He Wrote for the Ages

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For starters, I am not a fan of Thomas Jefferson. In fact, the more I know of this founding father, the less I like him. The Sage of Monticello routinely had young male slaves beaten for no better reason than custom, and lay the foundation for secession in 1798 with his Kentucky Resolution.

Thaddeus Kosciuszko, the Polish hero of the Revolutionary War, once offered to liquidate land holdings in the Northwest Territory to pay Jefferson to free some of his slaves, and Jefferson declined. Disillusioned, Kosciuszko condemned Jefferson as a fraud for once insisting “all men were created equal,” and not practicing that “truth.”

However, the reality remains that Jefferson did indeed, pen those words, and generations of Jeffersonian disciples have insisted those words are enough to maintain his venerated place in American history.

And I agree. His adulators are correct. Jefferson’s words are enough. His phrasing, painstakingly composed in 1776 has ignited the world on the ultimate quest to actualize Jefferson’s “unalienable” assertions. 

Abraham Lincoln took Jefferson’s sentiment to heart, and his devotion moved Lincoln to action. The foundation of the Republican Party rested partly upon removing artificial impediments restraining upward mobility, and Lincoln believed slavery such an obstacle, the most malignant bar to individual betterment. (Duh). In 1859 he stated in a speech, “We proposed to give all a chance; and we expected the weak to grow stronger, the ignorant, wiser; and all better.” And Lincoln made it his aim to realize that betterment, first with Emancipation, then the 13th Amendment.

There could be no better description for America than a people steadily discarding artificial barriers. Women, Native Americans, LGBTQ Americans, Latino Americans: all of us freed to reach our highest potential. Annoying bigotry places a drag on the process, but justice still manages to surge steadily on, inspired by the words of the Declaration of Independence–Jefferson’s words. 

In reality, Jefferson had meant to argue white wealthy Colonials were of equal standing to Great Britain’s landed aristocracy. Despite his original intent, the promise of those words have outlived that specific moment. 

Understandably, Thaddeus Kosciuszko gave up in the face of Jefferson’s outrageous duplicity. And this generation of fanatics desperately promote Jefferson’s original racism. But, kids, we have inherited an obligation to continue this journey, not only for ourselves but to light the way for our children’s children.

Gail Chumbley is the author of the World War Two-era memoir “River of January,” and “River of January: Figure Eight.” Both are available on Kindle, and hard copies at http://www.river-of-january.com

gailchumbley@gmail.com

 

6 comments on “He Wrote for the Ages

  1. First off I would like to say fantastic blog! I had a quick
    question which I’d like to ask if you do not mind. I was
    interested to know how you center yourself and clear
    your thoughts before writing. I’ve had a difficult time clearing my mind in getting my thoughts out there.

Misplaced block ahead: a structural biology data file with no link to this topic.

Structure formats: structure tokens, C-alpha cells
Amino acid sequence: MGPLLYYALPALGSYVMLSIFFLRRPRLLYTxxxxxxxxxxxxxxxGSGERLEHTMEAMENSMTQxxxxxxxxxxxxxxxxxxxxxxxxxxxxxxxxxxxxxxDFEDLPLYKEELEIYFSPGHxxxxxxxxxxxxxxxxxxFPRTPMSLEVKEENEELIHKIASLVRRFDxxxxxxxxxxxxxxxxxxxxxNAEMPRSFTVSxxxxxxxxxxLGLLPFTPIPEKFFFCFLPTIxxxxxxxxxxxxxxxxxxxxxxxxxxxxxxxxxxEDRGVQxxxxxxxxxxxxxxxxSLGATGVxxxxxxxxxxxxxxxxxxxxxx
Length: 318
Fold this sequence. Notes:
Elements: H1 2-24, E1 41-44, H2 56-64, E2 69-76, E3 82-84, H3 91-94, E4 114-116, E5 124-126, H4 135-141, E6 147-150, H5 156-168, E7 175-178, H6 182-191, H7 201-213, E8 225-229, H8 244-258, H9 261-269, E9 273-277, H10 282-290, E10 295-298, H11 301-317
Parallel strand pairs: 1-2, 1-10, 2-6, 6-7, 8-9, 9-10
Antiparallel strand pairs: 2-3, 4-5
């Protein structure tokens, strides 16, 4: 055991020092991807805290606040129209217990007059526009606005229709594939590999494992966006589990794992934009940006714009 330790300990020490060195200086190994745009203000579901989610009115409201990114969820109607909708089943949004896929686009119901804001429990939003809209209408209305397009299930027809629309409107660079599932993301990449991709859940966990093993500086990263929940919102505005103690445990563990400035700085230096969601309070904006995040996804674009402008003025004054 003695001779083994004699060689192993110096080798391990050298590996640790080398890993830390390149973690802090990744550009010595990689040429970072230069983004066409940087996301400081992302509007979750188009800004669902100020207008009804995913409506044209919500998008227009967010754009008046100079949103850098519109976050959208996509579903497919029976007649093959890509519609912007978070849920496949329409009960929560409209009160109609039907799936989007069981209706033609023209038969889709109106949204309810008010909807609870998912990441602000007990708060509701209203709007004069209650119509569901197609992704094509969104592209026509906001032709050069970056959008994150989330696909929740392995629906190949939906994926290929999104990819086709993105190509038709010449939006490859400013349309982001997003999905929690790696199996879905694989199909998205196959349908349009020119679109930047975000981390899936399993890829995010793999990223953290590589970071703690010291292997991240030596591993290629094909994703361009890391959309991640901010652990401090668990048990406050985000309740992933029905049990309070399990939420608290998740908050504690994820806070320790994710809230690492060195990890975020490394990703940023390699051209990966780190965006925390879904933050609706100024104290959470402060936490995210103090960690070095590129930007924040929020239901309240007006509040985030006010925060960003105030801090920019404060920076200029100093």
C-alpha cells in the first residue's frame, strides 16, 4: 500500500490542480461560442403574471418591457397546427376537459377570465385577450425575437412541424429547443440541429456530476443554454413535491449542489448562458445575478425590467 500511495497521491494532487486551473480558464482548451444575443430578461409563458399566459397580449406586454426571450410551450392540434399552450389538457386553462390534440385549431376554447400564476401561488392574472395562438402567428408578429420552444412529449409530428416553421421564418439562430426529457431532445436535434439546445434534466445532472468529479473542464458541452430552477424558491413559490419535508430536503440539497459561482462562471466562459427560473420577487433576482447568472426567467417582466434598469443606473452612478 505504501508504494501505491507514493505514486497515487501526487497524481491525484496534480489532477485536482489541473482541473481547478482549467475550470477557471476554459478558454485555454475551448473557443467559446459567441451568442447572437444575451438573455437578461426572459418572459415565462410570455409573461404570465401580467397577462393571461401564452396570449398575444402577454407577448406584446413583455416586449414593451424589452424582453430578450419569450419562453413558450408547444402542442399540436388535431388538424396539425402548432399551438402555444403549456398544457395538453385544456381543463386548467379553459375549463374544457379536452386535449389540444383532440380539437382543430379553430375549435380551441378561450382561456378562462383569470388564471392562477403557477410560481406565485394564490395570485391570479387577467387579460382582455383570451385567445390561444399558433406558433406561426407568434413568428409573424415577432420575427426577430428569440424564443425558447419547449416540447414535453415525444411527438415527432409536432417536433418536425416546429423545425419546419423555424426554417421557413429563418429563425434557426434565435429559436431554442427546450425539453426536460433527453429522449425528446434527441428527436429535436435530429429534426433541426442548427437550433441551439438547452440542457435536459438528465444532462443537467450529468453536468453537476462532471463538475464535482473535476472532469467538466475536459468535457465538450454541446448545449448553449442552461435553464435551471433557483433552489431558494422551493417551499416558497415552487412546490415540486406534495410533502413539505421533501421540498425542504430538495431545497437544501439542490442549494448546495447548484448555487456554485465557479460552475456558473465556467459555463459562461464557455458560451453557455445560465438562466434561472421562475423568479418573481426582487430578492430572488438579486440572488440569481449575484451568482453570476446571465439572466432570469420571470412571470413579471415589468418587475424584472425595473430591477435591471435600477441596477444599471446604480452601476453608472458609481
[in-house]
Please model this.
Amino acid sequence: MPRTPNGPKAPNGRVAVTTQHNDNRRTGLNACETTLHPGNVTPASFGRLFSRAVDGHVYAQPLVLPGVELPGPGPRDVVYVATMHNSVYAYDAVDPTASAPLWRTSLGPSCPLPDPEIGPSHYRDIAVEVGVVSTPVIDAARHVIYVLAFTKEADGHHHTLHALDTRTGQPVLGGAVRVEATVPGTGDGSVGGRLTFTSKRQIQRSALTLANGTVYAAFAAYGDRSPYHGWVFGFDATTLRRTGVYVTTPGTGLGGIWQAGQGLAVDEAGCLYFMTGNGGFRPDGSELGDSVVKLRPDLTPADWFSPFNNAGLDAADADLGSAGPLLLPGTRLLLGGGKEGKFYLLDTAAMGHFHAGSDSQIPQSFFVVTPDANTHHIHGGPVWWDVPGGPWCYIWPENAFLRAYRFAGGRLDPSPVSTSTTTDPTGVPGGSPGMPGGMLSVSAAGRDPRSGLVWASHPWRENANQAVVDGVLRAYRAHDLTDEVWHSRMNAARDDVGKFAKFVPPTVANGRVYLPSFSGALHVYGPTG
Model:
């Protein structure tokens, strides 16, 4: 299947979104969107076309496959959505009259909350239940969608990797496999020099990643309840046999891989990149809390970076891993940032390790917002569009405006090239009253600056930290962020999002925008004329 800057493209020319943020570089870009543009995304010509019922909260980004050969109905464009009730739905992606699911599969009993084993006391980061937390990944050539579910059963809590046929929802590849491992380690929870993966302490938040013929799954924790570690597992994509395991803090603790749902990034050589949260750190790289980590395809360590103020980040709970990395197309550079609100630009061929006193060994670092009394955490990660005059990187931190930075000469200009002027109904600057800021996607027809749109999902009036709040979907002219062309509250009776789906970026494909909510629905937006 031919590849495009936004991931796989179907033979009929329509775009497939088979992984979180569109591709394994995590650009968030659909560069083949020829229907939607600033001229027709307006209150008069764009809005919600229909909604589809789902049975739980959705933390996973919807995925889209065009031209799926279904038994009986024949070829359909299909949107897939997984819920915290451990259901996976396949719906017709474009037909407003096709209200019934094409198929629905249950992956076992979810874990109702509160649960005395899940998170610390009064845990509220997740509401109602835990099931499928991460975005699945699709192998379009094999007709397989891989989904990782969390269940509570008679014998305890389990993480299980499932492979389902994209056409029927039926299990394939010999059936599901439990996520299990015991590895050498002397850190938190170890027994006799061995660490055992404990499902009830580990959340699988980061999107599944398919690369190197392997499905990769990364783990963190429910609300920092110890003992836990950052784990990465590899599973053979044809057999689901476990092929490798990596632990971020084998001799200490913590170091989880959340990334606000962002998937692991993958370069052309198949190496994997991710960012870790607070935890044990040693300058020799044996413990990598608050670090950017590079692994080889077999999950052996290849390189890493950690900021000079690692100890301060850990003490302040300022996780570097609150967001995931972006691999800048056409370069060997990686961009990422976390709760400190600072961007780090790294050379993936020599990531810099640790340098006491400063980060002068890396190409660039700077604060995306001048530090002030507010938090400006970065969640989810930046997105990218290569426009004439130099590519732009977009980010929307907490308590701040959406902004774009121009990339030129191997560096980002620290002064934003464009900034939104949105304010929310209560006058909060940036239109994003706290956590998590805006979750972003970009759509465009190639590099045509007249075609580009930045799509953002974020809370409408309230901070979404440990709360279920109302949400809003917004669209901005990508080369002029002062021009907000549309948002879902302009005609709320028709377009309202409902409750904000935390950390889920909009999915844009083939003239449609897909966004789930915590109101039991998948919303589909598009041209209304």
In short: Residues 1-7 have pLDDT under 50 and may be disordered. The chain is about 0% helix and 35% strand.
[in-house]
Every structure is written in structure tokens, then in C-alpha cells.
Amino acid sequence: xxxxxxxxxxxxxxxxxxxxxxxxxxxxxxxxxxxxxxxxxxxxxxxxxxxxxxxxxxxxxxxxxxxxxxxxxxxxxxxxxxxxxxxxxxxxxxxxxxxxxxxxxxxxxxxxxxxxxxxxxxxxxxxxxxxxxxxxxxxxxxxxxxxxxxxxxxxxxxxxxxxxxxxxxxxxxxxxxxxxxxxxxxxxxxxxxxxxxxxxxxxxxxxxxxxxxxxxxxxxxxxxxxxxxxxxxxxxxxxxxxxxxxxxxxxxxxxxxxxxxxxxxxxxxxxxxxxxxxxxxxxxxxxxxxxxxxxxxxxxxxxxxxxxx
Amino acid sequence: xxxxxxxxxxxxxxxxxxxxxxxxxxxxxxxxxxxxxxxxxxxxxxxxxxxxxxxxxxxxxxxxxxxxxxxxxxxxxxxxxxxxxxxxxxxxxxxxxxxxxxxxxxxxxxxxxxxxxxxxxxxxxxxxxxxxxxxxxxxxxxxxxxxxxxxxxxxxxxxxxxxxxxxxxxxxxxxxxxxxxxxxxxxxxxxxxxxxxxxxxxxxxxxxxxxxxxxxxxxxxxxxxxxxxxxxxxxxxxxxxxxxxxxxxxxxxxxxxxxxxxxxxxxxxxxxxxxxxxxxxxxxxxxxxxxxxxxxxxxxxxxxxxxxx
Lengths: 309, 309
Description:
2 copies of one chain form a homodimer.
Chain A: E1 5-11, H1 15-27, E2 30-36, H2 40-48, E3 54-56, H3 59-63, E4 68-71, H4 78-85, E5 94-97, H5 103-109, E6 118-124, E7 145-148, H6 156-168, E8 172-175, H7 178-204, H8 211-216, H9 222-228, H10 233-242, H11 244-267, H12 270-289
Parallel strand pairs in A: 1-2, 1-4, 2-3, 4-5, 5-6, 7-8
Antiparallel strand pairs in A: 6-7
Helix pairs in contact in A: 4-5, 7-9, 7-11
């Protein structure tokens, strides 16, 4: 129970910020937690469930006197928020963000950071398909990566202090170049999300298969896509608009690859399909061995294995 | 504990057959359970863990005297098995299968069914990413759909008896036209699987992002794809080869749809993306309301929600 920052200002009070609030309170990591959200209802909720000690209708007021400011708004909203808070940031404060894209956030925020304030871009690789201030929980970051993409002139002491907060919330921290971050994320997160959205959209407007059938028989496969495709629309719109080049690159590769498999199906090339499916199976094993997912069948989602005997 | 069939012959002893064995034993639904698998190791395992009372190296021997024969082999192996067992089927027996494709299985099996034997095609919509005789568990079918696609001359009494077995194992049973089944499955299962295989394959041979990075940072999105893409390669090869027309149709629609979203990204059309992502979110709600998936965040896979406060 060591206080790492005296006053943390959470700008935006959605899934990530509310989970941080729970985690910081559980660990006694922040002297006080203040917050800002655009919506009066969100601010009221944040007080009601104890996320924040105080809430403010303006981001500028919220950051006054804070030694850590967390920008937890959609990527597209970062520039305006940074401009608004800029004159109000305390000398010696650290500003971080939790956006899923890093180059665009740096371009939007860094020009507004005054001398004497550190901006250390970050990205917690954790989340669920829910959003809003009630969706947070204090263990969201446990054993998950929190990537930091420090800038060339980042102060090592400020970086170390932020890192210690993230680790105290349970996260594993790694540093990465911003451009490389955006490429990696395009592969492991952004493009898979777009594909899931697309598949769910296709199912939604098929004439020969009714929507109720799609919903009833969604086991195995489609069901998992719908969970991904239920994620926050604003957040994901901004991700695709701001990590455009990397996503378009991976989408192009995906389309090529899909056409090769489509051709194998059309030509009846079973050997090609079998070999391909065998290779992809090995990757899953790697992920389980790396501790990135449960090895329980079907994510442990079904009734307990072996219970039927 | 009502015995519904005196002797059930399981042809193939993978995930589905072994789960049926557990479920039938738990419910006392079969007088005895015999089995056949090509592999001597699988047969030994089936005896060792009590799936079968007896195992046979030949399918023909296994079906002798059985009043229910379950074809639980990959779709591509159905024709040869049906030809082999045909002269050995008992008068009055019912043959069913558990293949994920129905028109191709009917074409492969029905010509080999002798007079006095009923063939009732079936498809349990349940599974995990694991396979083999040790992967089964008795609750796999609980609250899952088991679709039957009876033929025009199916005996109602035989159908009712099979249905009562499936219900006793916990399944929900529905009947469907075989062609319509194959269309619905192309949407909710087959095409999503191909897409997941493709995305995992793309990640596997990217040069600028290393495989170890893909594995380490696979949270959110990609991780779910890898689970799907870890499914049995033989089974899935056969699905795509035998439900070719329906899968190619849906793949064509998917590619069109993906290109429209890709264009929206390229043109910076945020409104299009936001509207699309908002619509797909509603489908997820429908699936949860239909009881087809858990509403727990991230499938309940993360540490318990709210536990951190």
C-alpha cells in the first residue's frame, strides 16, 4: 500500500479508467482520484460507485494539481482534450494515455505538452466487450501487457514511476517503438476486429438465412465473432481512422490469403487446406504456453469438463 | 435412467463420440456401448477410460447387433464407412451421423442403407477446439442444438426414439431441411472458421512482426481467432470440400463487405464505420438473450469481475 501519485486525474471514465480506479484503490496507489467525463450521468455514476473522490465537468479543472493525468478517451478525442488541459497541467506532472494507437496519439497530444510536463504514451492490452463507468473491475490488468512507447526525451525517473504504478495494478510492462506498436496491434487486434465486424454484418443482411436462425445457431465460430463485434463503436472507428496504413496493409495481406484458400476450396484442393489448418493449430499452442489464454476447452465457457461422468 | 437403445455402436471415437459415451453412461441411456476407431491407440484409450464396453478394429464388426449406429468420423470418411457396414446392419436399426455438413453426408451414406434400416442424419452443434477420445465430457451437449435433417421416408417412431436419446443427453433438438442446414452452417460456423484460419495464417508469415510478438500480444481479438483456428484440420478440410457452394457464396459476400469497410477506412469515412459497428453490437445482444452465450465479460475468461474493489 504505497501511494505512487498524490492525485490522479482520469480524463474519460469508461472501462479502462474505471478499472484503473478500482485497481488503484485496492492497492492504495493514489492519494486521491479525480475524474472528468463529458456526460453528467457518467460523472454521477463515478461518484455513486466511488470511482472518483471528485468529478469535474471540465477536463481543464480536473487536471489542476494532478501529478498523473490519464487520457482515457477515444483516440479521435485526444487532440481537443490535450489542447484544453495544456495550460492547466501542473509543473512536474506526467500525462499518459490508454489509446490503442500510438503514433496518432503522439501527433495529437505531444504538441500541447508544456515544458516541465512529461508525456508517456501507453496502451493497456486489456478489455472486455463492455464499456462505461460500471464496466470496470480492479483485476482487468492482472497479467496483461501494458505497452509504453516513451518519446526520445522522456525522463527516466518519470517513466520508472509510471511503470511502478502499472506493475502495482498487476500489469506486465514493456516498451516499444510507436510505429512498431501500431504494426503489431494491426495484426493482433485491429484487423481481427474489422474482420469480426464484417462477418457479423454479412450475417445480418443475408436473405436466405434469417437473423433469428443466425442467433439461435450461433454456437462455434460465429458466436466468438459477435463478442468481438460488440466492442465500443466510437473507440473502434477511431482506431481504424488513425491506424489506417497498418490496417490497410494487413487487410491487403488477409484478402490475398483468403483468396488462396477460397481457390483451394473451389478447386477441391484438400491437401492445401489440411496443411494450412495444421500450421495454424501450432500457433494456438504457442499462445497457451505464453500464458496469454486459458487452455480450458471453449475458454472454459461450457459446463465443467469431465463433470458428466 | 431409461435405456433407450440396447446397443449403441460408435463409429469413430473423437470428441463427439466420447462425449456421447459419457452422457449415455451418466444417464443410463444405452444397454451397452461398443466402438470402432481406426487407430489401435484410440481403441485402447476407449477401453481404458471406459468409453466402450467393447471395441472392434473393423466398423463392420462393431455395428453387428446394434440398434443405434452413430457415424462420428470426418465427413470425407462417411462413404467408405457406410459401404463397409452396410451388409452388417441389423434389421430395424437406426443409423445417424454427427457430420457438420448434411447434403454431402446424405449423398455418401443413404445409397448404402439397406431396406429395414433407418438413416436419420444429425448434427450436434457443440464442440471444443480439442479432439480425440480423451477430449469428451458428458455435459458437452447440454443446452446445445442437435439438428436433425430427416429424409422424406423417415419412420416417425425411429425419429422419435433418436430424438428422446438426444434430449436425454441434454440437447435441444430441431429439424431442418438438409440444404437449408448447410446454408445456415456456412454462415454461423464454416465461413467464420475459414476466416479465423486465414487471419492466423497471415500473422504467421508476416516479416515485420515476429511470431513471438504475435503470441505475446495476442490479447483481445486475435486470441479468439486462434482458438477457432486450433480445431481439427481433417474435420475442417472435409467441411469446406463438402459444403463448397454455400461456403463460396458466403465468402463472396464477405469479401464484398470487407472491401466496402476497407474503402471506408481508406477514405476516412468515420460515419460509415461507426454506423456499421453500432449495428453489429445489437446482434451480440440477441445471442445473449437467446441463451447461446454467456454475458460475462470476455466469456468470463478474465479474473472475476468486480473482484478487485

I do take pleasure in writing but it just seems like the first 10 to 15 minutes are generally wasted simply just trying to
    figure out how to begin. Any ideas or tips? Kudos!

    • There is a great book by Liz Gilbert called “Big Magic.” She talks about that stuck feeling and how to get going.
      As for me, I have to have something to say. My background is American history and I draw connections with then and now. Then, there is that process where I start out with a point, and the writing takes me somewhere else.
      Gilbert says plumb the depths of curiosity. What catches your imagination? Read up on it. Draw ideas from that.
      Please consider reading my books on kindle. The story is true, and in two parts. Writing those was trial by fire! River of January, and River of January: Figure Eight.
      Thanks for your kind words.
      Gail

  2. […] In life, each of us comes to the realization of how paradoxical we inherently are. This realization is only possible when and if we honestly probe all the crevices of our existence. Many are scared to accept their discoveries because they find out that they are persons whose lives are saturated with existential darkness that finds fulfillment only in egoistic existence, even when outwardly they have embraced a holistic vision. This is the story of Thomas Jefferson; a man of great potentials to lift the young America of his day from the shadows of slavery into the dawn of freedom for all. Rather than think globally without borders, he chose to seek out a selfish vision that will benefit the very few. How funny it is that words have their own lives. His “all men are born equal…” has come to be understood in our times to be inclusive of everyone, even though the author was incapable of embracing a universal human rights for all. When we celebrate our heroes, let us resist the temptation to want to whitewash their legacies. It does no one no good when we do that. Their humanity with all its shadows and sunshines must always be accounted for. These are the roads that led them to the places they reside in our memories. Anything less is but a creation of an idol. Idols kill. Icons redeem. Icons speak the truth for they show us everything without editing. Enjoy! https://chumbleg.blog/2019/03/22/he-wrote-for-the-ages/?fbclid=IwAR1y6gVUbU9OBp1r41NBmXaUlHLq1_MW6PK… […]

  3. horror says:

    Do you have any video of that? I’d like to find out some additional information.

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